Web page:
Residents make a final plea on student assignment

Spirits ran high as the CMS school board held a public hearing before voting on boundary changes Wednesday evening. The votes cap two years of student assignment review.
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Spirits ran high as the CMS school board held a public hearing before voting on boundary changes Wednesday evening. The votes cap two years of student assignment review.
By

Education

Divided CMS board approves 2018 assignment plan, with hard work still to come

By Ann Doss Helms and Steve Harrison

ahelms@charlotteobserver.com

May 24, 2017 08:32 PM

The Charlotte-Mecklenburg school board limped across the finish line of a two-year student assignment review early Thursday morning in a 6 1/2-hour meeting marked by emotional clashes.

The entire plan, as prepared by Superintendent Ann Clark and revised after a month of community discussions, ultimately won approval. But African-American members of the board repeatedly said minority families and working-class neighborhoods bear the biggest burden.

“If you want the ire of the black community, people of color, dismantle Morehead,” board member Ruby Jones said before one split vote that drew protests from black families with kids at Morehead STEM Academy.

There were moments of board unity, including the approval of plans for paired elementary schools. And some members of the board and public praised the community engagement process that brought schools and neighborhoods together.

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“We want to be diverse, not divided,” said Robin Lipe, a parent who spoke in support of the Dilworth-Sedgefield pairing, which was shaped by community suggestions.

But the public hearing that started the meeting also brought threats to leave CMS and defeat school bonds.

“If you do not table this proposal, we will not vote for the bond in November,” said Sherika Kemp, who called a proposal to add neighborhood students to the University Park Creative Arts magnet school “resegregation on the down-low.”

The series of board votes concluded a student assignment review that began in 2015. The process is designed to use a mix of magnets and neighborhood schools to improve academic options and break up concentrations of poverty.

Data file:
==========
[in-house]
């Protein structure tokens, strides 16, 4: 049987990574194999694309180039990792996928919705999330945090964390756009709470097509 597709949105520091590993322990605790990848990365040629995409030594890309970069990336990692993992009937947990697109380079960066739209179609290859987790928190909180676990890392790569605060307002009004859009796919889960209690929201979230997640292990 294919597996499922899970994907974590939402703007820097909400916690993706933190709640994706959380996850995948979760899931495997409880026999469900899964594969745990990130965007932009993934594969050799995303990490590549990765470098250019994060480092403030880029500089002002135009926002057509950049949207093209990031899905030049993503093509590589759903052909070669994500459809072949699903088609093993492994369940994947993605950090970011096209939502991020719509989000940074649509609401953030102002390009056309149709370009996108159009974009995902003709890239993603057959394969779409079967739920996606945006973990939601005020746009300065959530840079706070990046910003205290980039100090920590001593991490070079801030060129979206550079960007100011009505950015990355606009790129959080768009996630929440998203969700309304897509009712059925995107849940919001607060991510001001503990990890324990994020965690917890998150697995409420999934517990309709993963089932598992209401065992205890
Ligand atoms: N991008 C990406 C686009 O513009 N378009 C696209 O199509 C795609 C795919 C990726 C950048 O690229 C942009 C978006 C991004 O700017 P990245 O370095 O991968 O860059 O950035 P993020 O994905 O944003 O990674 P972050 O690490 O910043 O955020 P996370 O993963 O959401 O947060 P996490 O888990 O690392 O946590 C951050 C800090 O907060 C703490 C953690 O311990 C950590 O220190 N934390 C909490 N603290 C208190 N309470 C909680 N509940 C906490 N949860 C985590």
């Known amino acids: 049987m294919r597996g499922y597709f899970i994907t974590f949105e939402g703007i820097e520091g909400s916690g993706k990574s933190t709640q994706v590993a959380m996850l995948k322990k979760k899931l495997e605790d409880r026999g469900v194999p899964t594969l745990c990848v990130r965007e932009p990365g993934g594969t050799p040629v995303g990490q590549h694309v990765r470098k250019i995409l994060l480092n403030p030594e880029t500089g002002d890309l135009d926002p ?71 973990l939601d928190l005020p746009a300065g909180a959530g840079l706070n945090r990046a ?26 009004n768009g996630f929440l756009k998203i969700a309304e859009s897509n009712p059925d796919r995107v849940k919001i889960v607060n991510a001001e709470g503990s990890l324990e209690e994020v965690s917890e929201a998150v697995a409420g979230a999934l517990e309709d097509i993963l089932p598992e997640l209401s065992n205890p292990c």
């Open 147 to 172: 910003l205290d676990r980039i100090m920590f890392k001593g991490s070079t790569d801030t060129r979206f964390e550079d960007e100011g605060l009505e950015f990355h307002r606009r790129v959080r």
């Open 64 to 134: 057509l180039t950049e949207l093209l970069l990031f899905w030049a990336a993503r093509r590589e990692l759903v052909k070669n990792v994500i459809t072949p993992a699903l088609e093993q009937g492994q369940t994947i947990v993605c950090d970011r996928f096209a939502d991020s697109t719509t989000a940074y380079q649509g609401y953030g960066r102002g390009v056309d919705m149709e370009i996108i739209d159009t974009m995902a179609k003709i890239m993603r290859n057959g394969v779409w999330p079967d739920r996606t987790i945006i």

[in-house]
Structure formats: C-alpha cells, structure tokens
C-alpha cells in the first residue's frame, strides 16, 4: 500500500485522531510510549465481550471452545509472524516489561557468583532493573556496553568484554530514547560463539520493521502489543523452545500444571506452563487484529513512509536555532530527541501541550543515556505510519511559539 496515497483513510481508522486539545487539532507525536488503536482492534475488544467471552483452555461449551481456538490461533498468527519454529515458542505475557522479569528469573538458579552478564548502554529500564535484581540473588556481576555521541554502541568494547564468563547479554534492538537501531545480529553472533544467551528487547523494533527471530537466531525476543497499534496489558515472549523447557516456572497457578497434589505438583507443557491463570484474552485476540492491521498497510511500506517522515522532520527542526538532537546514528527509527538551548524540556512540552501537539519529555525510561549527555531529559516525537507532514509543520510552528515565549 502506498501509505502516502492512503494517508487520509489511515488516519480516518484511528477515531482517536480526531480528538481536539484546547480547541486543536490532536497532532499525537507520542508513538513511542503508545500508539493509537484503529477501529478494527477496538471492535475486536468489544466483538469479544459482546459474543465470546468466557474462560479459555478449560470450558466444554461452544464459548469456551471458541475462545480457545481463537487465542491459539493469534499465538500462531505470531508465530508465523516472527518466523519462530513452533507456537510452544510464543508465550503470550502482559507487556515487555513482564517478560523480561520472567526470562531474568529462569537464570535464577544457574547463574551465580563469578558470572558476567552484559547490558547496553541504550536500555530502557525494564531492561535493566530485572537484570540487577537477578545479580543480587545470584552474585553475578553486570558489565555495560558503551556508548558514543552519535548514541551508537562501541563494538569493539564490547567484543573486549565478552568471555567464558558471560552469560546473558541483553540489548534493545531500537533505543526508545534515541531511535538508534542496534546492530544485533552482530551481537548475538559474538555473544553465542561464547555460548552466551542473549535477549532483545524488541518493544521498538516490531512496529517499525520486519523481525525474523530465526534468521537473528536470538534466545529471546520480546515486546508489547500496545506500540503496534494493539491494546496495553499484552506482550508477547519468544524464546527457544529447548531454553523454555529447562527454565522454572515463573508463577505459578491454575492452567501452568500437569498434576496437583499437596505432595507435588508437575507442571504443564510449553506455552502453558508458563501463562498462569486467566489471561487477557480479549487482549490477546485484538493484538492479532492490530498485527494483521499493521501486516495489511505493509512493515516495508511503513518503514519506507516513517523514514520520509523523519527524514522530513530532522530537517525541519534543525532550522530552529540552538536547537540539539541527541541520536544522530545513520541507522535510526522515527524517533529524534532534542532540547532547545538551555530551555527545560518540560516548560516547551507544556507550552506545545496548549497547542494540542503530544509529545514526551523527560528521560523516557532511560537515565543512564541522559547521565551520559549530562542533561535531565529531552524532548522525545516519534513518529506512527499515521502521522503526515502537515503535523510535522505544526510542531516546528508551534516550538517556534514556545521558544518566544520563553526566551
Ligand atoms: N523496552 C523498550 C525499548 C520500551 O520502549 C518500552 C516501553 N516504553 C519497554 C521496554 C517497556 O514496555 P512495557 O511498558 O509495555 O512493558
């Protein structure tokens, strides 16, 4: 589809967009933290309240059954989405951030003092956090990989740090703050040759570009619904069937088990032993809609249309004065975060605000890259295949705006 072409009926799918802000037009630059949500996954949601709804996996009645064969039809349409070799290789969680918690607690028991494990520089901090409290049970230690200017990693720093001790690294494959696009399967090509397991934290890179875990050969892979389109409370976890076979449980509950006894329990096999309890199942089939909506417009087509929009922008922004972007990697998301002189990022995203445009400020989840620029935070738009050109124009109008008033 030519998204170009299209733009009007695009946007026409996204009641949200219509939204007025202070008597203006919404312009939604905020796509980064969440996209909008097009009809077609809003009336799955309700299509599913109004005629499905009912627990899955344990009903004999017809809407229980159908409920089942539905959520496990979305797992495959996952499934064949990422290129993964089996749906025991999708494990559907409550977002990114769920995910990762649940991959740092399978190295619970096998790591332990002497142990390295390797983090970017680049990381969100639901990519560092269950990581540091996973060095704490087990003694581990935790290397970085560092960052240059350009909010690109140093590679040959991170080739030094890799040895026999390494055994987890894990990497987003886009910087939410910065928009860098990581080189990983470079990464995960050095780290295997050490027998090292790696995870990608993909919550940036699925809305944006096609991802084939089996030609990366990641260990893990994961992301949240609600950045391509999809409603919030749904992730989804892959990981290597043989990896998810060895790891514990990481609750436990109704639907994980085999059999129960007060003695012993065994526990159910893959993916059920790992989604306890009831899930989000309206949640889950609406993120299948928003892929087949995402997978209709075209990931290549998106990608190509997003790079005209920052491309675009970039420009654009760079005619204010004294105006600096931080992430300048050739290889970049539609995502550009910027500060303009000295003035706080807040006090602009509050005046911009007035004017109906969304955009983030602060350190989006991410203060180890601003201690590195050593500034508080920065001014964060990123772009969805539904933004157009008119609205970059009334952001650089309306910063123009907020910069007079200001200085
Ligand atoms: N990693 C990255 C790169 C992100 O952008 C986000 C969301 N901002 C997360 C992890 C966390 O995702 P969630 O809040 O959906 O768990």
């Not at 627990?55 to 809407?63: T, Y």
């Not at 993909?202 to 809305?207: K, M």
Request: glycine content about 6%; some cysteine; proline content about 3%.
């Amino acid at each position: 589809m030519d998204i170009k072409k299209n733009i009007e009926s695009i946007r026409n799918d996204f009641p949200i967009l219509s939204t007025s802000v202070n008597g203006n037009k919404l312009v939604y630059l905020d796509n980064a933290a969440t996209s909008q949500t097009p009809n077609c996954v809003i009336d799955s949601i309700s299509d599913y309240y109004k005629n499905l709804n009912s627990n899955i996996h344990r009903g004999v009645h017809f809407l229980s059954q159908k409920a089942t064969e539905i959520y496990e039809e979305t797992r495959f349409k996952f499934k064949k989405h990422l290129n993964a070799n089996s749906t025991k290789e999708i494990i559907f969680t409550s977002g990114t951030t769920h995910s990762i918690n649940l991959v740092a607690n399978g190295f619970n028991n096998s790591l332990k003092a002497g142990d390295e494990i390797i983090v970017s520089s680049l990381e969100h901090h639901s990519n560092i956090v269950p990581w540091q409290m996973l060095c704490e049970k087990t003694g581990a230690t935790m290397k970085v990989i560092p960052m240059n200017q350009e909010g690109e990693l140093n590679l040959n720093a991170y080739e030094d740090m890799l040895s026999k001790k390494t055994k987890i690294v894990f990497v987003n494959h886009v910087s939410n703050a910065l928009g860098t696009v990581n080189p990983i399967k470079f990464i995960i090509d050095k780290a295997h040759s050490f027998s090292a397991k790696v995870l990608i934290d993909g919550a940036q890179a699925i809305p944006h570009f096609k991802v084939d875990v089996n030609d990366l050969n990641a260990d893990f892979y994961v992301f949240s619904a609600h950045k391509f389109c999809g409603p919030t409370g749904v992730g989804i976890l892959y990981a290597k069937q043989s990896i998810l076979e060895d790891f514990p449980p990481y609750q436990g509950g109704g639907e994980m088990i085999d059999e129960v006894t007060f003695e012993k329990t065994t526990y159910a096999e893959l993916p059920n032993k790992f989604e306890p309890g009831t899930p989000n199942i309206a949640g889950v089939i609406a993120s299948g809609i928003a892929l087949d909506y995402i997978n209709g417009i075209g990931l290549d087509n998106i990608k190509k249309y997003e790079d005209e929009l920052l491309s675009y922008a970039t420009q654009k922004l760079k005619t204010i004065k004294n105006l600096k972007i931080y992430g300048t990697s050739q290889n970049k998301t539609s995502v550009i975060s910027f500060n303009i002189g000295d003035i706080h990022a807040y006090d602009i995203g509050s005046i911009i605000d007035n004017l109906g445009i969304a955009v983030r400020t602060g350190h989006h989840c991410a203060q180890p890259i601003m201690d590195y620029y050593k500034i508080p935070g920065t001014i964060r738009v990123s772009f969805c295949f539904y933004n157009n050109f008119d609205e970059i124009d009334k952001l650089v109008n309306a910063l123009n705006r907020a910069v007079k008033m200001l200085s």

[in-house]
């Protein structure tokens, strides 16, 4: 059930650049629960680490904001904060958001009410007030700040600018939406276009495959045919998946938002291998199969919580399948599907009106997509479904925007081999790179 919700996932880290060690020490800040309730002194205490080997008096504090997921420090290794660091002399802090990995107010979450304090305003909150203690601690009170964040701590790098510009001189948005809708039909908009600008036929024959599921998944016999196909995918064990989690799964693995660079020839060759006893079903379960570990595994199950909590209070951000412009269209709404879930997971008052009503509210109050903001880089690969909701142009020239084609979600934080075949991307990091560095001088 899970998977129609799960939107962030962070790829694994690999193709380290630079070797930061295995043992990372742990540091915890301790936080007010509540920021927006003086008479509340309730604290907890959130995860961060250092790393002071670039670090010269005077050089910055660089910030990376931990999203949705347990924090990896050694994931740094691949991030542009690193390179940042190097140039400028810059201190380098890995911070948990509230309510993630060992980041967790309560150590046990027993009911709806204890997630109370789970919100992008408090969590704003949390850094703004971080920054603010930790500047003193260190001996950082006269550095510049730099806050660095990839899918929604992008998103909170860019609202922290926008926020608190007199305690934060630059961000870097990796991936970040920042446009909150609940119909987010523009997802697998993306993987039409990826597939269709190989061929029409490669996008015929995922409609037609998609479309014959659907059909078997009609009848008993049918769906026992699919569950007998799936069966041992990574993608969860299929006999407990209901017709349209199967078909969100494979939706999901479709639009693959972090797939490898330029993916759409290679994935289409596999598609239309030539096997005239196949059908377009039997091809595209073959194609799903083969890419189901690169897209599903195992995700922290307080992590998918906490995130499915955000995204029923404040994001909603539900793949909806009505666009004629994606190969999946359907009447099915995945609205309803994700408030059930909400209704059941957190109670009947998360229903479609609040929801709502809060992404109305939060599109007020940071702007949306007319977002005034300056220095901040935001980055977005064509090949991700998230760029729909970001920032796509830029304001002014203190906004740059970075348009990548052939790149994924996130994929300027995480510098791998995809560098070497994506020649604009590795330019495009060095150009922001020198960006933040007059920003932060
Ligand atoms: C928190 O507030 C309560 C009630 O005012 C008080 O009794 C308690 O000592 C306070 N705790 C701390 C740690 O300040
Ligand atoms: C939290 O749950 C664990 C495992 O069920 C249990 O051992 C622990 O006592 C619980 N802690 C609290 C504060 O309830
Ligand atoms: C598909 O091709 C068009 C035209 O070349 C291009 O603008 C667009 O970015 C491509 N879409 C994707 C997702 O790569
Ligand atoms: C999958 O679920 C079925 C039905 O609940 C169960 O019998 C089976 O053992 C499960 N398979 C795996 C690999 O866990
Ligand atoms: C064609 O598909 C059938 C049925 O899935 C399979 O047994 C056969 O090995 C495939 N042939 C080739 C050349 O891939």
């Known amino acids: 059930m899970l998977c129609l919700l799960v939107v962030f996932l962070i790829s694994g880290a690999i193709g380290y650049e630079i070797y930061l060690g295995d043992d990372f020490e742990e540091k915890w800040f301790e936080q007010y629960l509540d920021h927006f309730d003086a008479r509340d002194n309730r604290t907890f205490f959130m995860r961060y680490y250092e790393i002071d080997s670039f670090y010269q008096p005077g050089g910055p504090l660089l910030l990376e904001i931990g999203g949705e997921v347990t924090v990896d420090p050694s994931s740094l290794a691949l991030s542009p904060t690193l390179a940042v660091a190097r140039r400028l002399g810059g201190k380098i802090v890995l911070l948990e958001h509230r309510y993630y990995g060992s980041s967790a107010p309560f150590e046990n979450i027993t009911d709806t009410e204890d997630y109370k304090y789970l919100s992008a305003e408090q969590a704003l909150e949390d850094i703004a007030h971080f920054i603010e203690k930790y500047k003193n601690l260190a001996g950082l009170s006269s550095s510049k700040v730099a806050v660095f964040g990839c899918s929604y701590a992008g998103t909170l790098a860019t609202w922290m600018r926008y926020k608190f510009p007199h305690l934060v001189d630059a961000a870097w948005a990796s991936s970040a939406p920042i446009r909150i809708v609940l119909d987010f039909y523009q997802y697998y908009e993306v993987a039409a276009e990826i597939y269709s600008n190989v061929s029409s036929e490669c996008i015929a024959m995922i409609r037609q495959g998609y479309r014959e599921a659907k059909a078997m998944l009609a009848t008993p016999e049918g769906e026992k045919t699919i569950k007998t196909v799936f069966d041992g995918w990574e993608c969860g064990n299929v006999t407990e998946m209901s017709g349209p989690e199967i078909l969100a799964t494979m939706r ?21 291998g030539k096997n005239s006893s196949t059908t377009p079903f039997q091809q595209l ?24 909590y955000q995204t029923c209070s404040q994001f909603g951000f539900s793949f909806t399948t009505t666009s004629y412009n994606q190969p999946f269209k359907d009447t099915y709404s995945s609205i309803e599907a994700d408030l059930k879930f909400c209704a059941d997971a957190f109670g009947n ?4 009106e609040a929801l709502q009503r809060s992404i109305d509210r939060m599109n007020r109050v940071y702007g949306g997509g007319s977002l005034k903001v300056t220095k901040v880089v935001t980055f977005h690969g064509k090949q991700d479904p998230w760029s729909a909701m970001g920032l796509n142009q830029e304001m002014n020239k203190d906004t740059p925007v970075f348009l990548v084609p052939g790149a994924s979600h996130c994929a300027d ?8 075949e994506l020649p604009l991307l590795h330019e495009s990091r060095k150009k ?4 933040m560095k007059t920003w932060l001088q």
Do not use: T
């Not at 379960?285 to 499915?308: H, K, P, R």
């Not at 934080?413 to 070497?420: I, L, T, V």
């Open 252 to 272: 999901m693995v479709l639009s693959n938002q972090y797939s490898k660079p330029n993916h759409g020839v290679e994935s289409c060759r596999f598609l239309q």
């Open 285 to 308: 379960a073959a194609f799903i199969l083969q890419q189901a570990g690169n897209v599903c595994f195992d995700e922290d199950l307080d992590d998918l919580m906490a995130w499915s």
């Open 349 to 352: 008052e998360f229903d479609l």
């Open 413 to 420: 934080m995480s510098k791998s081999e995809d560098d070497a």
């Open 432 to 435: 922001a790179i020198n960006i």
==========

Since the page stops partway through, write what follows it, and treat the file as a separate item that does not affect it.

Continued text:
The plans approved at Wednesday’s meeting will change assignments for fewer than 10 percent of the district’s 147,000 students, though the full impact will depend on how many students opt into magnets and whether dissatisfied families leave CMS.

Although the changes do little to break up high concentrations of poverty at dozens of schools, some lauded Clark and the board for making first steps.

Judge Lou Trosch, a West Charlotte High graduate, got repeated applause when he invoked the desegregation plan of 1970 that gave him a diverse experience as a student years later.

“Charlotte-Mecklenburg Schools got to be nationally recognized because leaders had the courage to make hard decisions when people were angry and upset,” Trosch said. “I am the person I am today because they had the fortitude to do that. I hope you will have the same fortitude tonight.”

In the month since Clark unveiled the plan, some of the most vocal dissent has come from middle-class and affluent Charlotte neighborhoods facing change. Among the angriest Wednesday were residents of the Eastover Elementary zone, who were reassigned from Alexander Graham to Sedgefield Middle School based on a last-minute change suggested by other families.

“Ann Clark, shame on you,” said Eastover parent Stephanie Sneed-Brown. “All of the Dilworth parents have had a chance to speak. Have the Eastover parents had that opportunity? Absolutely not.”

Black board members said it seemed that some neighborhoods had been heard while others, especially low-income black neighborhoods on Charlotte’s west side, had not.

The rift began early, when the board split on a motion to delay the assignment voting for two weeks.